Tuesday, 18 March 2014

World inequalities in the Human Development Index (1980-2012) - Time Distance View

This blog, by Pavle Sicherl, is about a Gaptimer measure, which helps perceive inequalities using time distance methodology, and presents the Gaptimer Report No. 1. This post is a part of the Wikiprogress series on Inequalities.

Inequalities in the world, between and within countries, are - together with the environment - the critical issues for the 21st century. Official data from the 2013 UNDP Report for 187 countries are here analysed and presented by the novel generic time distance methodology. The main proposition is that people compare over many dimensions and over time. The time distance perspective can thus contribute a useful piece of the mosaic in building up an internationally supported methodology to measure and assess the overall “position” and “progress” among and within countries. It offers a new view of data that is exceptionally easy to understand and communicate, and it allows for developing and exploring new hypotheses and perspectives. The analysis deals mostly with the first part of the statement of Aristotle, “Let us first understand the facts, and then we may seek the cause”.

Much effort has been invested in building statistical databases at a national and international levels, and in the notionally related field of Millennium Development Goals (MDG). Measurement is costly and it is important to exploit existing data efficiently for building knowledge and for policy debate.

Describing and perceiving inequalities in terms of percentages and ranks is not enough. Development processes take place in time and to get additional insights from existing data we complement the static measures of inequality by measuring the gap in time when two compared countries achieved the same level of the indicator (i.e., the HDI level of 0.55 was attained in China in 1996 and in India in 2011, showing S-time-distance lag of 15 years behind Sweden). For life expectancy the static difference for China against Sweden was less than 10 percent (which may appear to be small) while the time distance was around 50 years (which gives a very different perception of the magnitude of the gap, the life expectancy in China in 2012 was attained in Sweden in 1964).

Gaptimer measure gives the perception of larger inequality in HDI than percentages

The time distance methodology applied to Human Development Index opens new dynamic vistas of inequalities in the world. Empirically, when comparing across indicators and across time, static and time distance measures can give different perceptions of the order of magnitude of inequality within and between countries, so both dimensions matter. Gaptimer Report No. 1 ‘World Inequalities in Human Development Index (1980-2012)’ presents a new way of understanding and discussing development and world inequalities in a new dynamic framework.

In the study, Chapter 2 presents the time distance methodology on the example of inequalities in life expectancy. Chapters 3 and 4 analyse trends in HDI and its components over the three decades (1980-2012) for four human development groups. The time matrix table-graph below is an innovative way of added presentation of time series data over many units and over time (descriptors are units and levels of the indicator and the values in the field of the table are times when such levels were attained). Further details can be attained in the presentation on www.gaptimer.eu/summary by groups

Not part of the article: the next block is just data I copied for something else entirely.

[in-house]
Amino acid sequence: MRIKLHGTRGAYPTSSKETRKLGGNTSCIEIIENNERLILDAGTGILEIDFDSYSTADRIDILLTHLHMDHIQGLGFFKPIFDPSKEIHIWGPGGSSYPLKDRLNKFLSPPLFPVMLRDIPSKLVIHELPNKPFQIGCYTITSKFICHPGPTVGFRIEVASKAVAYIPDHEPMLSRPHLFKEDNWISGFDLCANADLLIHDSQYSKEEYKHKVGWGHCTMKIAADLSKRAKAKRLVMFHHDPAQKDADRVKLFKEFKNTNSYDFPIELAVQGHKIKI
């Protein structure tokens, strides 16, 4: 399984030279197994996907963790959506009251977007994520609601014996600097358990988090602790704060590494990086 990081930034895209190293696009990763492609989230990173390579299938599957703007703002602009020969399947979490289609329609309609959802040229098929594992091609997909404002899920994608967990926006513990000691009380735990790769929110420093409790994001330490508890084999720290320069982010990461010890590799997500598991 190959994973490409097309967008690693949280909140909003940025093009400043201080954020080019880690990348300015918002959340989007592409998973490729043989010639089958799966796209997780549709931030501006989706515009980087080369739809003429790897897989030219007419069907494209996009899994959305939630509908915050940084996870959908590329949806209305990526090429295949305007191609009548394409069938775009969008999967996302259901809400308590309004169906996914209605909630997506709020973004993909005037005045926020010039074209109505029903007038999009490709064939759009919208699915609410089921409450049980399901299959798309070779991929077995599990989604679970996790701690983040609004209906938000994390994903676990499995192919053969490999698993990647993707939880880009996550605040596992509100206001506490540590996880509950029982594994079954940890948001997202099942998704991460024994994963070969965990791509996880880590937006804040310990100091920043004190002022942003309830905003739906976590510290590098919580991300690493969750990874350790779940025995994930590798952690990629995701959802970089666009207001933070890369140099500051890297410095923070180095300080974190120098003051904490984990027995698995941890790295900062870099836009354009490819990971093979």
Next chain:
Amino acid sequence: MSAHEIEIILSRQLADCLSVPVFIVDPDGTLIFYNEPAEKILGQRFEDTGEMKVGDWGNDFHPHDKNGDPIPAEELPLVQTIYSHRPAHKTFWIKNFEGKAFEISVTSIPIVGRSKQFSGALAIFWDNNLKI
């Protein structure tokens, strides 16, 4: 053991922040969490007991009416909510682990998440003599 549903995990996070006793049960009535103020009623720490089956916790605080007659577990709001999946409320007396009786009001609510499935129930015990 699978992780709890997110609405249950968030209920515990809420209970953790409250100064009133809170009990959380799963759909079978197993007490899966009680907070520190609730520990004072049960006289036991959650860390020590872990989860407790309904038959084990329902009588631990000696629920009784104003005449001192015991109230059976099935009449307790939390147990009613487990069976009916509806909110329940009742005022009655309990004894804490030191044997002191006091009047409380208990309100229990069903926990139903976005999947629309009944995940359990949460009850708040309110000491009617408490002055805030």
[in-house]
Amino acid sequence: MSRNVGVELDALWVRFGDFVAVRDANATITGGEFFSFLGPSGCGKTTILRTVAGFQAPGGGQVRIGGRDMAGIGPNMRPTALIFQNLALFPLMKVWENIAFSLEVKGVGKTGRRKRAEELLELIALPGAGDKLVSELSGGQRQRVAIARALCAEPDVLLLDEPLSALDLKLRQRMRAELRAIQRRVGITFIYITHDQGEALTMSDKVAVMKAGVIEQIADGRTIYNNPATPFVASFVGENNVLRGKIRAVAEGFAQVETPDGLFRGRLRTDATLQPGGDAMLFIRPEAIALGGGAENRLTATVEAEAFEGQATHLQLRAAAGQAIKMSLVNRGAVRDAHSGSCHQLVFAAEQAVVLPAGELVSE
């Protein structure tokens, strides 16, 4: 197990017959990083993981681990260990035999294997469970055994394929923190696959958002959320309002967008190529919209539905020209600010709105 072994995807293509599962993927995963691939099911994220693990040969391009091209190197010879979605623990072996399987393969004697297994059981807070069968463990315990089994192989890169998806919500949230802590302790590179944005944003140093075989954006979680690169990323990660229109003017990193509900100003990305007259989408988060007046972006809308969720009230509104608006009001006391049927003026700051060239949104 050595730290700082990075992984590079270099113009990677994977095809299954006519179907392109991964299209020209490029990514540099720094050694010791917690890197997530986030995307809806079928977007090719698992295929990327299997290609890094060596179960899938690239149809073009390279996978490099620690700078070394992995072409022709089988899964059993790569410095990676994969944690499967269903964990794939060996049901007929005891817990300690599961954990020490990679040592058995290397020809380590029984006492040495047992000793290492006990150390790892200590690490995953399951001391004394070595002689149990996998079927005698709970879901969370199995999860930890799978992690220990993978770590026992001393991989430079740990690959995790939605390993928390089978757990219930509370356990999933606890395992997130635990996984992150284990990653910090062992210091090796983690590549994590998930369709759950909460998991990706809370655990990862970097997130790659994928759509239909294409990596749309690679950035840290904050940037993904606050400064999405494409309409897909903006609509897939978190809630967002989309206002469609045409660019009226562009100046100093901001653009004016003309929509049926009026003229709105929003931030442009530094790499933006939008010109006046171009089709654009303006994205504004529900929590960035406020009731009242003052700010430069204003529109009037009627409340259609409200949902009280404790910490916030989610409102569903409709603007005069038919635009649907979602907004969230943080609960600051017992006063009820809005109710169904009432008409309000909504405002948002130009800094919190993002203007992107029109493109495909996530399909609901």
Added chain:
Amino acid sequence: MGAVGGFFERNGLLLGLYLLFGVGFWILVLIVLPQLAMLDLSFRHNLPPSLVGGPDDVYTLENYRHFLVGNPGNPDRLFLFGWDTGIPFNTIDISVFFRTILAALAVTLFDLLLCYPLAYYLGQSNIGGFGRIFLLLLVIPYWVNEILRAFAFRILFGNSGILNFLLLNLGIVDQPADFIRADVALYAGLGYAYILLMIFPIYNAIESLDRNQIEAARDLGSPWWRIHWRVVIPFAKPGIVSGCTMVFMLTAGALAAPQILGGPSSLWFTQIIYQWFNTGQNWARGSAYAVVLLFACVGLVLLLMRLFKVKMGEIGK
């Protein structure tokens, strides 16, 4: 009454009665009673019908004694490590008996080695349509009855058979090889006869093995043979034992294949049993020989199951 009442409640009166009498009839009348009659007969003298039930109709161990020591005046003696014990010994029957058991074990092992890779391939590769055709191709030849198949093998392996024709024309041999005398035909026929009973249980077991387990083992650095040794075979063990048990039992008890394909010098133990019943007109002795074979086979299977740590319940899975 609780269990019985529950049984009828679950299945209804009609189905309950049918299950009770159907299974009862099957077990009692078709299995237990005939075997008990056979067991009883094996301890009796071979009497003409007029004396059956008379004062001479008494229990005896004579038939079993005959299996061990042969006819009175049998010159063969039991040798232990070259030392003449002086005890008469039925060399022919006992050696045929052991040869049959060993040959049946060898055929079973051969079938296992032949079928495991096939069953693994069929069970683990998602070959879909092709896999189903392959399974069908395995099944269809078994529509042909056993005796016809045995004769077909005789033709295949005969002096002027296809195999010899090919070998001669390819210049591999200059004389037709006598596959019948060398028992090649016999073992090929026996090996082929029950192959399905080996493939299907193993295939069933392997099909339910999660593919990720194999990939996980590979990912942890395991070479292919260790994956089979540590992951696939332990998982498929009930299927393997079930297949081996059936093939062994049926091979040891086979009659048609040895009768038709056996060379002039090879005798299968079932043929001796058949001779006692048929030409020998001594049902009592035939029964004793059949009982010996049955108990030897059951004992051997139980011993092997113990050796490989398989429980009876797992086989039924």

S-time-matrix: The world view over 4 HD groups and 4 indices (trends 1980-2012)
SOURCE: Own calculations based on data from Human Development Report 2013.

Chapter 5 presents S-time-distance estimates for HDI inequalities within the four groups for 187 countries. Further details on time matrices for HDI, S-time-step as a measure of dynamics, and time distance inequalities within HD groups can be obtained in the presentation www.gaptimer.eu/time matrices by countries. For interested users the time matrices for countries can be obtained in the Excel format at www.gaptimer.eu/esm1.zip. Telling new stories in Chapters 6, 7, and 8 includes inequalities within EU27, BRICS countries, and Gulf Coordination Council countries, respectively.


Gaptimer approach is a new way of seeing the past reality revealing new stories and options how to treat and interpret inter-temporal distances and dynamic changes in composite indicators.

S-time-distance gives a rough perception of the magnitude of world inequality expressed as gap in time that can be rather different from the respective percentage measure.   The time distance between the HD groups (or countries) measured in years (or even decades) are relevant statistical descriptive measures of the situation easily understandable by everyone, balancing the static view. It indicates both the challenge of the starting point in the post-2015 agenda and the urgency to tackle inequalities between and within countries.

Potential users of this methodology and results are very many at various levels: international and national organisations, NGOs, experts, businesses, managers, educators, students, interest groups, media, and the general public. It can be used for other types of units like gender, regions, poverty groups, or inequality adjusted HDI, if data would be available.

Pavle Sicherl is Founder of Sicenter (Socio-economic Indicators Center) and professor of economics at the University of Ljubljana, Slovenia

See Also:
Time Distance Progress Chart of MDG implementation
Gaptimer Progress Chart of MDG implementation 2013

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